When people reach their 50’s, they tend to think about their retirement and about Saving for Retirement. And it’s easy to see why: it’s just around the corner. Many people, though, start to panic about the lack of a retirement plan or a lack of funds.
But 50 is the new 30, so you have plenty of time to put money away for your retirement. Here’s how you can do it.
6 Steps to Start Saving for Your Retirement
Decide What You Want in Your Retirement
Knowing how much you want or need for your retirement depends on what you want for your latter years. Do you wish to live lavishly and travel the world? Or do you want to continue working part-time? Are you planning on living in your current home, or are you moving to a top-tier retirement home (https://www.themanorvillage.com/) where you’re catered to?
To begin planning and saving for your retirement, you first need to determine what you want to do in your retirement. It’s the best starting point for your retirement planning.
Keep Track of Your Personal Spending
David Trahair, author of the new book The Procrastinator’s Guide to Retirement: How You Can Retire in Ten Years or Less, says that you need to take stock of your spending habits to begin saving for retirement. The more you track your spending, the better you can adjust to it, enhancing your retirement goals.
Trahair told CBC BC that tracking payments “allows people to clearly see how much they are spending and specifically on what, and then they can make changes to cut down unnecessary spending and put those savings into retirement.”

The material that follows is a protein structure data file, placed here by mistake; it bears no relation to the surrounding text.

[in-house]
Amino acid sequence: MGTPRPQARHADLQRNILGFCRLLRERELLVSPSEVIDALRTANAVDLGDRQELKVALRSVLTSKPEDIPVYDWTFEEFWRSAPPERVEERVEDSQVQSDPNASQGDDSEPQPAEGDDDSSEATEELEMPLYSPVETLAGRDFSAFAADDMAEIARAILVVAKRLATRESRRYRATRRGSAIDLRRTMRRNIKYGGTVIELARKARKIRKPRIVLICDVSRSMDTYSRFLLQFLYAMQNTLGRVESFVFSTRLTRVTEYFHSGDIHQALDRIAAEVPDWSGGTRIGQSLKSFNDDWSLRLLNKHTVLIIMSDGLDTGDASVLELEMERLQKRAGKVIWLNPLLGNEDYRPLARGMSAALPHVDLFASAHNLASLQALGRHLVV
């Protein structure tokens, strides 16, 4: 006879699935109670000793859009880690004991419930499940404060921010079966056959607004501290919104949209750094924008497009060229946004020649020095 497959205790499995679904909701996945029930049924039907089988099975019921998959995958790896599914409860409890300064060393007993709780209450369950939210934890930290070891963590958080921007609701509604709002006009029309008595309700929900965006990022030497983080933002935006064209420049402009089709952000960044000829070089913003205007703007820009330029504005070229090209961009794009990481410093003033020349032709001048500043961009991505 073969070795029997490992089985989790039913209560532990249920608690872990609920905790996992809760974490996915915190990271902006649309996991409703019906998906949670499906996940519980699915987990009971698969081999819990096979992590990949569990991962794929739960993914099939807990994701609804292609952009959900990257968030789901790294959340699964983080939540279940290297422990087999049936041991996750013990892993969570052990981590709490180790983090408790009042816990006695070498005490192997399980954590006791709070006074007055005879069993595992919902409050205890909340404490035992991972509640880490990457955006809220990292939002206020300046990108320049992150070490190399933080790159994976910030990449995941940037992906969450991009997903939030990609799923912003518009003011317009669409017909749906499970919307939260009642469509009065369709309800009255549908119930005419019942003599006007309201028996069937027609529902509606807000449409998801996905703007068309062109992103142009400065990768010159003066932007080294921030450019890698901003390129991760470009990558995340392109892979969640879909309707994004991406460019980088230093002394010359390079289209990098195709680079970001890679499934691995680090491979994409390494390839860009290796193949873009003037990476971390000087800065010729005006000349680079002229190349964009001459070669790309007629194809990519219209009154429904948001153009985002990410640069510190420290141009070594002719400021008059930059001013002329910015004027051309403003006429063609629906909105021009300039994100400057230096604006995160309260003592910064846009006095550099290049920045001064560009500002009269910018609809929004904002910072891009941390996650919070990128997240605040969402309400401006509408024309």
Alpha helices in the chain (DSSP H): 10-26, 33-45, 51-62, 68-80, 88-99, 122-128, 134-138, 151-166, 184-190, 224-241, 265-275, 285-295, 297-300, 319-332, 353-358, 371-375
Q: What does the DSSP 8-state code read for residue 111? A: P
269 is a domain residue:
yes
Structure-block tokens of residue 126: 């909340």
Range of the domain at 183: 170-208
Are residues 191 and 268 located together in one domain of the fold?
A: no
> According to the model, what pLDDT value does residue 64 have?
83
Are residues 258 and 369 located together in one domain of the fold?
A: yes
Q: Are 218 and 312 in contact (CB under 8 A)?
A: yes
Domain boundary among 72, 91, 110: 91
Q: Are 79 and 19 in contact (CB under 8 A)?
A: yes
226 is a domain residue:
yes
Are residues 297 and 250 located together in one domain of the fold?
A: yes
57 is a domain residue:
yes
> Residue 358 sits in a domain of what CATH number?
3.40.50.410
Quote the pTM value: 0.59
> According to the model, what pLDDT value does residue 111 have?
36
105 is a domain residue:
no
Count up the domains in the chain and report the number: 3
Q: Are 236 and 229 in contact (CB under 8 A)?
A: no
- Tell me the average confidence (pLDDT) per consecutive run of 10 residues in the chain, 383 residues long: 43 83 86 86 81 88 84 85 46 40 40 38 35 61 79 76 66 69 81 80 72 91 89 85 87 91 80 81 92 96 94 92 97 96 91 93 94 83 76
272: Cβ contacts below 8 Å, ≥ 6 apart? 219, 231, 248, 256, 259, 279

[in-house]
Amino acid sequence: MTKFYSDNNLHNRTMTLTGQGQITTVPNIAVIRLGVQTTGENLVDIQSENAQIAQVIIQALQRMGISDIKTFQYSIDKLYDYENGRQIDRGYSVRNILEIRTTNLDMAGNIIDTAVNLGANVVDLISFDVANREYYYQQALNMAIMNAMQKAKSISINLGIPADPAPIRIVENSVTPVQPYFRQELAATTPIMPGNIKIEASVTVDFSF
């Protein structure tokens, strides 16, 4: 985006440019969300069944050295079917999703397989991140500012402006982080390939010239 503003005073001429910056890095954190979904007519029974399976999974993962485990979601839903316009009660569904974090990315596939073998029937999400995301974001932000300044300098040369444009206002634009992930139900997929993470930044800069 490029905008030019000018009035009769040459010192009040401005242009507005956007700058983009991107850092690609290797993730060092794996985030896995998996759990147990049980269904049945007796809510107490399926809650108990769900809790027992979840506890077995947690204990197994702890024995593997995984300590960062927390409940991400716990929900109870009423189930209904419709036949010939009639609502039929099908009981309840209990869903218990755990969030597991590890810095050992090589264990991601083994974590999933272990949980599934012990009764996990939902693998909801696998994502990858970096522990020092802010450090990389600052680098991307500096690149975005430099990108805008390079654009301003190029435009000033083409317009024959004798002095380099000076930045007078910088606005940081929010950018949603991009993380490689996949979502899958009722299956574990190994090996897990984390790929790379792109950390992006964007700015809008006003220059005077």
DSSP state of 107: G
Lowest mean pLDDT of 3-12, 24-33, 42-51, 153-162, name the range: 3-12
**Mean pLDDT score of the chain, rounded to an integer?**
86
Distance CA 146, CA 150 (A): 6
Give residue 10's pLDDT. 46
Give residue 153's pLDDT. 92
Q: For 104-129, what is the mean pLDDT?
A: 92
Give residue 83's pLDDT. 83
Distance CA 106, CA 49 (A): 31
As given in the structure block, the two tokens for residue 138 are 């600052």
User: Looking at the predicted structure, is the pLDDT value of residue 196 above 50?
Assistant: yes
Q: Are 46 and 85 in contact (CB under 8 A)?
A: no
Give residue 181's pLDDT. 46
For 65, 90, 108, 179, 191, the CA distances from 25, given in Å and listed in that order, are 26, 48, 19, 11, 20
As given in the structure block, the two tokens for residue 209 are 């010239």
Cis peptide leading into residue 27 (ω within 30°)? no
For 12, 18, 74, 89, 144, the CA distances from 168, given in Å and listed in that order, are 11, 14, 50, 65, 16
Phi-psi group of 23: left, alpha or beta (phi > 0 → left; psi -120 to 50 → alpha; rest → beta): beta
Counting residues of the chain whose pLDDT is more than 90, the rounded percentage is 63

It’s time you start doing the same.
Make Use of Pensions, TFSAs and RRSPs
You’ve probably been working for 30, 40 or even 50 years at this point. And if you’ve been smart about it, you would have put money away in your TFSA and RRSP accounts.
Over those three, four or five decades, you would build up a nice, tidy nest of funds that can help support your retirement. Add in an employer-sponsored pension plan or the CCP (Canada Pension Plan), and you would find yourself with a steady flow of income.
Crunch the numbers of what you have put away during those years and see how they work within your lifestyle.
Live in Your Means & Decrease Your Debt
It’s time to start penny-pinching. Cut back on your spending habits, live within your financial means and begin eliminating debt at a faster rate, if possible. At this point in your life, it’s time to reduce your debt, so you have more money in your pocket for your retirement.
Even Trahair said “that if anyone has a credit card or any other kind of consumer debt, they should “forget anything else” and get rid of that first.”
You can adjust this by consolidating your debts to lower your interest rate payments, so you have more financial freedom in your retirement.
Assess Your Investments
It’s never too late to invest your money. Whether that’s a mixture of stocks, bonds and cash, or property, your goal is to achieve the highest possible return of investment with the least amount of risk (that means not losing it all). And at 50, you still have ample time to invest your money wisely into new ventures that deliver a handsome return.
Many factors will determine how much you should invest, according to iA Wealth. This includes your “tolerance for risk, other retirement income sources, savings rate and life expectancy.” They state that “your asset mix needs to be customized based on your individual situation and there’s no one-size-fits-all solution.”
The best course of action is to speak with a qualified professional who has experience helping retirees looking to make the most of their investments.
Expect the Unexpected
You know at 50 that life throws curveballs at you. You or your spouse or family could suffer health problems, be forced to retire earlier or need to move into a retirement home sooner.
So prepare for it the best way you can by reviewing and assessing your retirement plan every few years. Having funds stored aside or putting contingencies in place can help you mitigate any potential problems that may arise so your retirement plans remain on track.